Fat deposition and flesh quality in seawater reared, triploid brown trout (Salmo trutta) as affected by dietary fat levels and starvation
|Author(s)||Regost Christelle, Arzel Jacqueline, Cardinal Mireille, Laroche M, Kaushik Sadasivam|
|Affiliation(s)||INRA, IFREMER, Unite Mixte, Fish Nutr Lab,Ctr Brest, F-29280 Plouzane, France.
IFREMER, VP GA, F-44000 Nantes, France.
INRA, LEIMA, F-44316 Nantes, France.
INRA, IFREMER, Unite Mixte, Fish Nutr Lab, F-64310 St Pee Sur Nivelle, France.
|Source||Aquaculture (0044-8486) (Elsevier), 2001-02 , Vol. 193 , N. 3-4 , P. 325-345|
|WOS© Times Cited||72|
|Keyword(s)||Texture, Colour, Sensory analyses, Starvation fat deposition, Dietary fat, Salmo trutta|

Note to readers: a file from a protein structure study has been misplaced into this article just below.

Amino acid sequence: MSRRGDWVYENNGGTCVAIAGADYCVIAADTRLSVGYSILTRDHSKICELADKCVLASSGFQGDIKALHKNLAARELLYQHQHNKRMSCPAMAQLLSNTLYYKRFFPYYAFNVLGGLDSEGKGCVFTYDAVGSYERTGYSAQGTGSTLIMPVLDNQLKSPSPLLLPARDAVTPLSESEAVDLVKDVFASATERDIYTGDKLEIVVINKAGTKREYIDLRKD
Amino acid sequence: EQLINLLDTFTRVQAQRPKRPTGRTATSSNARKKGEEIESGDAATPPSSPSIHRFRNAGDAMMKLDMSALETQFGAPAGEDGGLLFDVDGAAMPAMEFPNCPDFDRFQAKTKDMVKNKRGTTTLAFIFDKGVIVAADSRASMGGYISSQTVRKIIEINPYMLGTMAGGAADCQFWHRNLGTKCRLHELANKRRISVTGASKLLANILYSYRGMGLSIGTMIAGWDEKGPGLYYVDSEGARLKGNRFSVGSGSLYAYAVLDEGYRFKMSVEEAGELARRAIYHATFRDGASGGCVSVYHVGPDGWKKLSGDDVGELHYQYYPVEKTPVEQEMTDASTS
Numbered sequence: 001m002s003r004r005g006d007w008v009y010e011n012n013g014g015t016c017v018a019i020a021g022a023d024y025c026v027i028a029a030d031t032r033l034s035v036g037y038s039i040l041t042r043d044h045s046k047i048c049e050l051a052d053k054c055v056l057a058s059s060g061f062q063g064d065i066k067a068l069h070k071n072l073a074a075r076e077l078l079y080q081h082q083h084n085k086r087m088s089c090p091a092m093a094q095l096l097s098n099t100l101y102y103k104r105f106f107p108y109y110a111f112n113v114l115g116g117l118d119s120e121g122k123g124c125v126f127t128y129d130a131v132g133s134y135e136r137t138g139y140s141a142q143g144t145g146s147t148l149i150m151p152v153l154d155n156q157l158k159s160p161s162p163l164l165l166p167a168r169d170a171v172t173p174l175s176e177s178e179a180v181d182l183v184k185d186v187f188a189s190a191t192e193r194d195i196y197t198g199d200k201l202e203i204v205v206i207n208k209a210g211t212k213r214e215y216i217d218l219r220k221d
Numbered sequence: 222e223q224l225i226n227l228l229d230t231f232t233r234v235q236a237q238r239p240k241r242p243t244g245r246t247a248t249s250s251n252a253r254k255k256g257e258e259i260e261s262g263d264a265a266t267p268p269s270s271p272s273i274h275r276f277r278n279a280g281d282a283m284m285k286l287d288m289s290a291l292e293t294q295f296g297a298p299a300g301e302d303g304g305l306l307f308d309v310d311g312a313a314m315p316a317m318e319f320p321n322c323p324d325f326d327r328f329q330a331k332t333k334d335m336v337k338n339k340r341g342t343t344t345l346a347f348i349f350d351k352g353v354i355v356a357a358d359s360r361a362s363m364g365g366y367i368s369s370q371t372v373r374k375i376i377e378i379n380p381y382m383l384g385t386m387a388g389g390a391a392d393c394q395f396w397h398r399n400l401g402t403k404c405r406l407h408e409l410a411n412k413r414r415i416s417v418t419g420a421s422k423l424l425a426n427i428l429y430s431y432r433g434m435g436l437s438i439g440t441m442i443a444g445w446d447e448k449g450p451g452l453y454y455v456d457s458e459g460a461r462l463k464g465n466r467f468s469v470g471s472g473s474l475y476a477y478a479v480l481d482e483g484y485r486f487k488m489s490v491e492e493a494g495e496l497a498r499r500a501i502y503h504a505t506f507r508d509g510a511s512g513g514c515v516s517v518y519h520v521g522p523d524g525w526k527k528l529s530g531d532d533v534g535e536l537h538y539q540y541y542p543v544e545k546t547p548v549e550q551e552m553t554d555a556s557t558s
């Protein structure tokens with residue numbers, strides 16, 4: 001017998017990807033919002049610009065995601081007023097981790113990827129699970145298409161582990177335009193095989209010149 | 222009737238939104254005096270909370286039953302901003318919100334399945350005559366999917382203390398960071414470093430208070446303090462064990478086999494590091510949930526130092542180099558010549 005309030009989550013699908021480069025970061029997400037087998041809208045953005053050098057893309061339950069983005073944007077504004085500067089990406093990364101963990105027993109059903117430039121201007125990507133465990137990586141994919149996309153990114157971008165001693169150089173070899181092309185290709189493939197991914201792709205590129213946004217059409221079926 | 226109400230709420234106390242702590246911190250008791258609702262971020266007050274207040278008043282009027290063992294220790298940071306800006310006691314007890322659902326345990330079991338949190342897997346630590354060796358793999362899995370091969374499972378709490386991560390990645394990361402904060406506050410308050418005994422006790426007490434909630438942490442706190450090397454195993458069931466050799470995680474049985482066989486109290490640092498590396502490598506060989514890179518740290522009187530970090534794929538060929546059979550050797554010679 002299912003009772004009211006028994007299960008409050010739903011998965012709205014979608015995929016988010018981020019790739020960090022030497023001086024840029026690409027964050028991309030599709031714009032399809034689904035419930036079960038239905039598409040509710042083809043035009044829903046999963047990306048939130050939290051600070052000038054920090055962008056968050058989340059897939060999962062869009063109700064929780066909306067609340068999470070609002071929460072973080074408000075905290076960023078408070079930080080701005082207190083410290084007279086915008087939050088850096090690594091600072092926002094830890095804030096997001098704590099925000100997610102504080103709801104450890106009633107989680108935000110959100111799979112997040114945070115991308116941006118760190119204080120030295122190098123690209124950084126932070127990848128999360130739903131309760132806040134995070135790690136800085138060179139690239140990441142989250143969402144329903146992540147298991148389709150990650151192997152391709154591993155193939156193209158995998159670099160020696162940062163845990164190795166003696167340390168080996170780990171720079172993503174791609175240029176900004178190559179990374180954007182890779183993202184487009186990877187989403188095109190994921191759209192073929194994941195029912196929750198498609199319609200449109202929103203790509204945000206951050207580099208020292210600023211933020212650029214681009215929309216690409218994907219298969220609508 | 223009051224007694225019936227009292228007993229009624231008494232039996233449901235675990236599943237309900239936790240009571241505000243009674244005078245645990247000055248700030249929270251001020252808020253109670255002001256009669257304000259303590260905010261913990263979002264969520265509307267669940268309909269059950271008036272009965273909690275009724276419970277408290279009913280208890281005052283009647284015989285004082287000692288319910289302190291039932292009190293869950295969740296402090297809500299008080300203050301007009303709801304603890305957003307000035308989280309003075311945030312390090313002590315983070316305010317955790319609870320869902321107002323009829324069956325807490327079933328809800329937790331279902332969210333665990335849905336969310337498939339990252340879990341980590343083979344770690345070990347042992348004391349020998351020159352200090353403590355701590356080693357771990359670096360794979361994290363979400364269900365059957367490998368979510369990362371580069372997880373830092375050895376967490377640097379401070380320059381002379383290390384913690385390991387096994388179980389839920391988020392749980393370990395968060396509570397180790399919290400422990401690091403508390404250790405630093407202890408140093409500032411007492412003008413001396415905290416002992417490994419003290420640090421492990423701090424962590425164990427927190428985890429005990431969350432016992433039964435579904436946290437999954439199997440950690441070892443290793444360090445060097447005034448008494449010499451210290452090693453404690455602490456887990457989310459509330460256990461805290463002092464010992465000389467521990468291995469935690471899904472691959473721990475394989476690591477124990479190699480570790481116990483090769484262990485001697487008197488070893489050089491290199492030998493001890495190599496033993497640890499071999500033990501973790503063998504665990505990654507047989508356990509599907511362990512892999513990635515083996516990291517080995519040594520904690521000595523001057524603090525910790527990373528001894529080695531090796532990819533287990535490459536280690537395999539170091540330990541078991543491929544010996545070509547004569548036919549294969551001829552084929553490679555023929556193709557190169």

|Abstract||Three isoproteic (crude protein content: 56%) diets with different fat levels (11%, 20%, and 26%) were fed to triplicate groups of triploid brown trout (initial average body weight of 1.5 kg), reared in seawater. At the end of 3 months of feeding, fish fed the high-fat (HF) diet were split into two groups: a triplicate group of fish received the low-fat diet and another triplicate group was kept unfed for a further 2-month period. Fish initially fed the low-fat diet during the first period were continued to be fed the same diet. Fish fed the medium-fat (MF) diet during period 1 were eliminated for period 2. At the end of each period, comparative whole body analyses, sensory and instrumental (texture and colour) analyses were made on fresh and smoked fillets. During the first period, increasing dietary fat level had no significant effect on growth or feed utilisation, but increased whole body (14.6% to 17.9%, on wet weight basis) and muscle (8.3% to 11.0%) fat content. During the second period, the fish fed the low-fat diet had similar growth performance irrespective of previous nutritional history, whereas starvation led to significant loss of weight and fillet yield. Whole body fat content did not differ between groups (around 15%) at the end of period 2. In fish initially fed the HF diet, both starvation and feeding a low-fat diet led to a reduction in muscle lipid content. Sensory analyses revealed few differences between treatments, in terms of visual colour aspects, for both cooked and smoked fillets at the end of period 1. A positive relationship between instrumental colour analyses (L*, a*, b* values) and dietary fat levels was observed, but no difference was observed for instrumental texture measurements. At the end of period 2, a significant increase in parameters of colour was observed in unfed fish. Although both feed withdrawal and feeding a low-fat diet 2 months before slaughtering led to a reduction in fat content, starvation had the disadvantage of leading to significant weight loss.|